|Hangul is the name of the phonetic Korean alphabet|
The ten vowels and thirteen consonants of the Korean language are formed out of half a dozen simple brush strokes. The shapes of the letters themselves suggest how to hold the mouth to pronounce them. They are combined systematically to make syllables, which each occupy a box. The Hangul system, in fact, is so logically designed that today’s linguistics experts recommend it for recording newly-discovered spoken languages that have not been written down yet.
|Koreans are proud of their sturdy Hanji paper. It can be folded into a simple candle shade.|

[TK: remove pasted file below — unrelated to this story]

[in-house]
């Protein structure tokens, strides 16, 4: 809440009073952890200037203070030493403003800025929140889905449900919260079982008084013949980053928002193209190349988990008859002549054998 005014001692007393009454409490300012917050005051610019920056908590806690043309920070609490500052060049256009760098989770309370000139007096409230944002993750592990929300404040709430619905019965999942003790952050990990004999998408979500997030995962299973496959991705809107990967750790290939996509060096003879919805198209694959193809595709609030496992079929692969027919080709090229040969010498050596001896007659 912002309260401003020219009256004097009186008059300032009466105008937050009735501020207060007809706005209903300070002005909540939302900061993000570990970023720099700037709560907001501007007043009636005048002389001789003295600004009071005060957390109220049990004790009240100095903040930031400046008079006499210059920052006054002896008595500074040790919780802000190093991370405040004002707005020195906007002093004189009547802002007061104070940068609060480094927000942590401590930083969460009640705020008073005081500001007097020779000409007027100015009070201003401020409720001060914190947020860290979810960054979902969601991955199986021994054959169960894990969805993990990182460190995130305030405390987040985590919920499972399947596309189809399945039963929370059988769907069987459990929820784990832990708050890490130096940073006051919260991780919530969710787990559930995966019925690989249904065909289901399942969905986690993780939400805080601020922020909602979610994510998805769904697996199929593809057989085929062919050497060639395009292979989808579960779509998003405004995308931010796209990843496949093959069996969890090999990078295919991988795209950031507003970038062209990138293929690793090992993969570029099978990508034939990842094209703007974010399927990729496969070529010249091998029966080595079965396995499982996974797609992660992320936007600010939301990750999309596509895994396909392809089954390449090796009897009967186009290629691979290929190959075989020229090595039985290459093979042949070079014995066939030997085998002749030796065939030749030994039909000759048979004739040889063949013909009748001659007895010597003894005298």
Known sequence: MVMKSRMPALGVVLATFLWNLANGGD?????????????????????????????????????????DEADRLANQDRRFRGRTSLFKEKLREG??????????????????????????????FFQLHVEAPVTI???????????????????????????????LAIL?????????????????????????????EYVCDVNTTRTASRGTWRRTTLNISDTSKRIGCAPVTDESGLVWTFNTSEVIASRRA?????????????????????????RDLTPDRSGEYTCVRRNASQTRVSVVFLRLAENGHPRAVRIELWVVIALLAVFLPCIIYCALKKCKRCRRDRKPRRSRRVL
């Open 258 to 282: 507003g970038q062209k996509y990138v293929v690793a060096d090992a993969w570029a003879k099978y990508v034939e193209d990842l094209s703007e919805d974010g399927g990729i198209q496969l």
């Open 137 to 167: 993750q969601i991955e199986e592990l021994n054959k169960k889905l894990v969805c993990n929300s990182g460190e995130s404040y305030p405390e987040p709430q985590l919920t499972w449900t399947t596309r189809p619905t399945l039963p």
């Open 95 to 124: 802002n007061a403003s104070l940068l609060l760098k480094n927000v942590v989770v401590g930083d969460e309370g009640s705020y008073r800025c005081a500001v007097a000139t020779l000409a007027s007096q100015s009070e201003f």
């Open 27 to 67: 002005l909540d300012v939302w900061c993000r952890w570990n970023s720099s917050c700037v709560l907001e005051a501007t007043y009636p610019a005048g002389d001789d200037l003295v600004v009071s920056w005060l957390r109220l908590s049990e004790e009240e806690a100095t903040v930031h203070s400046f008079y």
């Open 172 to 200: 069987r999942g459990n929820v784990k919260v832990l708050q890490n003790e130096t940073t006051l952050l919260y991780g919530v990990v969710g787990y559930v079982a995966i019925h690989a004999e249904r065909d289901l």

A footnote to the story of Hangul: in 1945, after almost half a century of occupation by Japan, South Korea re-established the use of the Korean language in schools and government. In North Korea, all foreign words and Chinese characters have been weeded out of printed documents; in South Korea, some remain. Both countries commemorate King Sejong with statues, and celebrate National Hangul Day, October 9, in Korea and in ex-pat Korean communities abroad.